Building YOUR relationship with YOU
At our recent Courageous Leaders Event on May 11th, I had the great honour of discussing the vital importance of building a deep and meaningful relationship with yourself. While there are countless leadership trainings available, we often neglect the critical task of truly understanding who we are and how to connect with ourselves on a deeper level.
As leaders, we have a responsibility to be able to self-lead, as our teams are a reflection of ourselves. Therefore, we must give ourselves permission to truly know who we are. When we take the time to focus on ourselves, we can increase our self-belief, resilience, courage, and compassion – all of which are essential qualities for effective leadership.
To build a relationship with oneself, we must first accept ourselves unconditionally and let go of the need for external approval. We must practice kindness and compassion towards ourselves, just as we do towards others. Often at times, we are kind to others but critical of ourselves, so it’s important to check in with our self-talk and treat ourselves with the same level of kindness and respect that we would give to a friend.
To connect with ourselves, we must delve deep into our internal world, an area that is often neglected. This world includes our purpose, mindset, standards, attitude, values, strengths, and weaknesses. While it can be confronting to examine these aspects of ourselves, it’s a necessary step towards personal growth and understanding. It’s also important to recognize that asking for help in this process is not a weakness, but rather a strength.
When I focused on my internal world this is when life started to change for me, as I felt I could really breathe. I knew who I was and what fulfilled me. It gave me the courage to start my own business and back myself. I invested in my growth as I truly trusted I would be able to give a return.
Allow me to share 3 ways you can start:
1. Reflect on what your purpose is
We often tend to overcomplicate the pursuit of finding our purpose. Take a moment to identify the activities in your life that naturally bring you joy. Personally, I realised that throughout my career, I spent a significant amount of time bringing my team together and teaching them new skills. This insight led me to understand that my purpose lies in teaching and developing people, helping them believe in themselves. Keep it simple and remember that your purpose can evolve as you do in life.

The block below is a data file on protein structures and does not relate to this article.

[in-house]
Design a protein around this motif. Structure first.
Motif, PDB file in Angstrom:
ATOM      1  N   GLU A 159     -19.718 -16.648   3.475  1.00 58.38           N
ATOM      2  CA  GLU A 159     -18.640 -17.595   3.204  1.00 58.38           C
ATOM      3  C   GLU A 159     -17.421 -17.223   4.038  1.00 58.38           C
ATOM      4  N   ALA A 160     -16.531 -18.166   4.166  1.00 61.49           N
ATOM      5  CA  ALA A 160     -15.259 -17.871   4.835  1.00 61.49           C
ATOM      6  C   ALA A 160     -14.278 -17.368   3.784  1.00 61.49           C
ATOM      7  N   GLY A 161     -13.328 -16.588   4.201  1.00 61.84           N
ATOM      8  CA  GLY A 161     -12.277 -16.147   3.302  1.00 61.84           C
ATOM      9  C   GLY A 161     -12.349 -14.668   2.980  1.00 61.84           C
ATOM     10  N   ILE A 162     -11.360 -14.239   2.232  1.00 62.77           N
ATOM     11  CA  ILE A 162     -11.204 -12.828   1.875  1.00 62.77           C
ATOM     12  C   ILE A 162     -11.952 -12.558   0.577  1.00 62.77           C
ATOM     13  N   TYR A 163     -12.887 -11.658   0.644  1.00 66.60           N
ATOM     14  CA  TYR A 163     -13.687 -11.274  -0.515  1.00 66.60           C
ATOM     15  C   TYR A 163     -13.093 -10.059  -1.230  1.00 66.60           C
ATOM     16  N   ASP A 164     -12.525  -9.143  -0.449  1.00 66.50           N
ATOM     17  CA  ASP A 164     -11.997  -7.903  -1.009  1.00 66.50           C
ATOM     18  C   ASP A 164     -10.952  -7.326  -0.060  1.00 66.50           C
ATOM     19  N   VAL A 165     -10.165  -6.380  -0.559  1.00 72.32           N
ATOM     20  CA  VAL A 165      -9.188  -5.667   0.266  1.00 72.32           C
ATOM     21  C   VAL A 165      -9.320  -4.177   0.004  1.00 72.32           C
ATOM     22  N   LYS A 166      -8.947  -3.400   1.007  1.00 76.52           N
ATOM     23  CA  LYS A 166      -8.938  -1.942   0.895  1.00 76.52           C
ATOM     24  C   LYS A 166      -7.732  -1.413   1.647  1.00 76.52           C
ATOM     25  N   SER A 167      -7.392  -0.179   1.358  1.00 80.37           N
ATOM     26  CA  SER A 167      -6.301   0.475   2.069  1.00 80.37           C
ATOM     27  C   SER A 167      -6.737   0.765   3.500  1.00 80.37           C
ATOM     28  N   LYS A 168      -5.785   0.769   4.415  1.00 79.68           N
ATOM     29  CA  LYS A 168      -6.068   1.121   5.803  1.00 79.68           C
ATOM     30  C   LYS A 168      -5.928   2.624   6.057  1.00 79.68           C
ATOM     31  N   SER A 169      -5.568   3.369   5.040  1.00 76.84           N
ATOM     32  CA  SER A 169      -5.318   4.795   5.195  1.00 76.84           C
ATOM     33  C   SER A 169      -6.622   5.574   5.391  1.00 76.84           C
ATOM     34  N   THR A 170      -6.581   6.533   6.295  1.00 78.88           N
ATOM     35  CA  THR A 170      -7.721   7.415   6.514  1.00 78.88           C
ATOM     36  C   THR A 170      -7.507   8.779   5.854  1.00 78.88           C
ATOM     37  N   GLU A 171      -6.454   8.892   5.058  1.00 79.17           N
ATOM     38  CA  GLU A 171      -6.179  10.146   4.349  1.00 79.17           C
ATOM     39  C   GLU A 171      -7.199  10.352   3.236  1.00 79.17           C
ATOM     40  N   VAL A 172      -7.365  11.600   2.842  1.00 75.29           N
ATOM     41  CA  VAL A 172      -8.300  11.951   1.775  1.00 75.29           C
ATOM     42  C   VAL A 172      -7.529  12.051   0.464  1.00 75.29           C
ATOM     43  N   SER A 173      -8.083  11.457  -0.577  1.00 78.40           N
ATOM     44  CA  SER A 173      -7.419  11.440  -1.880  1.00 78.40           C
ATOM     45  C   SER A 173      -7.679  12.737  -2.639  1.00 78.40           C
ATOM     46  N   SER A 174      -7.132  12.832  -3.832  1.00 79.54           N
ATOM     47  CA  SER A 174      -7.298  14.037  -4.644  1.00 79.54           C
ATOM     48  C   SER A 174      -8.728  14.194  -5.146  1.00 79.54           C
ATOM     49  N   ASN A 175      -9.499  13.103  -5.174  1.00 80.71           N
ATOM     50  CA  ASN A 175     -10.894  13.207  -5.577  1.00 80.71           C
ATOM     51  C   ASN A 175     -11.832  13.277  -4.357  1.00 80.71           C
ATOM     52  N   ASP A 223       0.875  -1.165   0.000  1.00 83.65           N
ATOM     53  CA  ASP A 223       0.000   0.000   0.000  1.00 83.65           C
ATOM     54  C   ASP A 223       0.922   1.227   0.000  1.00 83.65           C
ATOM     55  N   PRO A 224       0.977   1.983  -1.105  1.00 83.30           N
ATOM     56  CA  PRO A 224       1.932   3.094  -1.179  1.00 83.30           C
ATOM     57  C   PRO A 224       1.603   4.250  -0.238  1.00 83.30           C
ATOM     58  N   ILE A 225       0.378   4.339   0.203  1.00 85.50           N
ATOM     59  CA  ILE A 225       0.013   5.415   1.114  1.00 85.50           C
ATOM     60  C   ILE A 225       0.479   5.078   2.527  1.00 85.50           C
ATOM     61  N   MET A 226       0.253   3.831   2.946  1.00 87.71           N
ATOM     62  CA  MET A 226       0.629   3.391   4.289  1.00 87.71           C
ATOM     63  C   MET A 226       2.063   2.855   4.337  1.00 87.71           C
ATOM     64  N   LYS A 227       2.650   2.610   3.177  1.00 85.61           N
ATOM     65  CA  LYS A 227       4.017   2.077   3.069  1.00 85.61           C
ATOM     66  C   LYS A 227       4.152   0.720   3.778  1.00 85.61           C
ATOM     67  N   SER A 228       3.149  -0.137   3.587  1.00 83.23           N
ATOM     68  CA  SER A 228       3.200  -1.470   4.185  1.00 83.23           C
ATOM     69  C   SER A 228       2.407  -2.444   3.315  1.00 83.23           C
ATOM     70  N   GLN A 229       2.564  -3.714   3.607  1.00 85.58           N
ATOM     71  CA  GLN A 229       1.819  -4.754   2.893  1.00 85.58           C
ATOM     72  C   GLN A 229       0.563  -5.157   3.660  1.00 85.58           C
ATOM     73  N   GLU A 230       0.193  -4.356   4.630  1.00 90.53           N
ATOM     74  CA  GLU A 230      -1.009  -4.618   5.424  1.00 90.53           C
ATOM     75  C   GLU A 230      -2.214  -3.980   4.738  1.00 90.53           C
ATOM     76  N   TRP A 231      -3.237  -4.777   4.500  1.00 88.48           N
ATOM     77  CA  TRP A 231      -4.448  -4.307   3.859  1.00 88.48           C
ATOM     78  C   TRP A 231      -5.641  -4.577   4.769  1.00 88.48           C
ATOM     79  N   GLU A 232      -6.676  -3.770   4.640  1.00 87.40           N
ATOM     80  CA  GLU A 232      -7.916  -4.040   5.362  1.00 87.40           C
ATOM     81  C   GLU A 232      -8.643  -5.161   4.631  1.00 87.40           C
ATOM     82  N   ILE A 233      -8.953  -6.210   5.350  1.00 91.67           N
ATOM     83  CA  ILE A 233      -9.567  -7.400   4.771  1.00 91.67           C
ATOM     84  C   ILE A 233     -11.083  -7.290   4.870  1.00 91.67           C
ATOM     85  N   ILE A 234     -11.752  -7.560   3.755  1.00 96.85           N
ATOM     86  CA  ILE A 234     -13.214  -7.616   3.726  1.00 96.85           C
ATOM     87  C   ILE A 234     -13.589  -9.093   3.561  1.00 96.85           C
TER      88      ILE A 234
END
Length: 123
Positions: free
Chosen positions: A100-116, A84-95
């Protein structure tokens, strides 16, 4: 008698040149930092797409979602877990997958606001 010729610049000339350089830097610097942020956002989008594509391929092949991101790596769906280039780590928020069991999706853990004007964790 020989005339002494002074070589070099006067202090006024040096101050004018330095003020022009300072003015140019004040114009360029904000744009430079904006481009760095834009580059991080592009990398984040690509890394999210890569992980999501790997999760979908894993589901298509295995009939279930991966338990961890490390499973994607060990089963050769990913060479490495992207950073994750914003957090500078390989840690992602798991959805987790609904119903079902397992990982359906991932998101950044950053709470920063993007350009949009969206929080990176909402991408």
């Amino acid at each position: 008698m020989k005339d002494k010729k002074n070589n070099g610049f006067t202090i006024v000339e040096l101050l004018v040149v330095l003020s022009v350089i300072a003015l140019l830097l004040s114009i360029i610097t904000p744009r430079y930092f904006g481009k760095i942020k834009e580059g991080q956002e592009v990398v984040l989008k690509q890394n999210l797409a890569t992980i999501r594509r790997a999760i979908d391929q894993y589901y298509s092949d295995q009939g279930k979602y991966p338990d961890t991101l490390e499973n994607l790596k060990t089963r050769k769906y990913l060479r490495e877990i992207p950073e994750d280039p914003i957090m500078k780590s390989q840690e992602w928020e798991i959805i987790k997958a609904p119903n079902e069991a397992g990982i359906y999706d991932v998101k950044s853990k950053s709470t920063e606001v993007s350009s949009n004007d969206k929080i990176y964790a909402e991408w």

2. Become the boss of your mind
I recommend starting by reading Carole Dweck’s book, “Mindset”, which sheds light on the distinction between fixed and growth mindsets. Many individuals believe they possess a growth mindset, but upon closer examination, they realize they tend to adopt a fixed mindset when facing challenges. Cultivate curiosity about the mindset you bring to various situations. Recognize that we have the capacity to be the boss of our minds and take responsibility for how we show up.
3. Elevate your standards
Gain clarity on your personal standards. Identify someone who has achieved the success you desire and inquire about their standards. You can then choose to model those standards. For instance, two standards I adopted were “say yes and figure out how” and “show up 100%.” These standards helped me to go beyond my previous limitations and venture into new territories. Take the time to envision who you aspire to become and establish the standards necessary to reach that level. Then, assess the gap between your current reality and the desired standard. This will enable you to identify the actions required to bridge that gap.
At the event, we concluded with a powerful guided visualization exercise that allowed us to connect with our future selves. This exercise helped us envision the person we want to become and make decisions today that our future selves will be proud of.
Building a relationship with oneself opens up a world of possibilities and creates a solid foundation for the future. As leaders, it’s important to continue growing ourselves so that we can inspire and lead our teams to reach their full potential.
After all, leadership is about growing others, and to do that, we must first grow ourselves.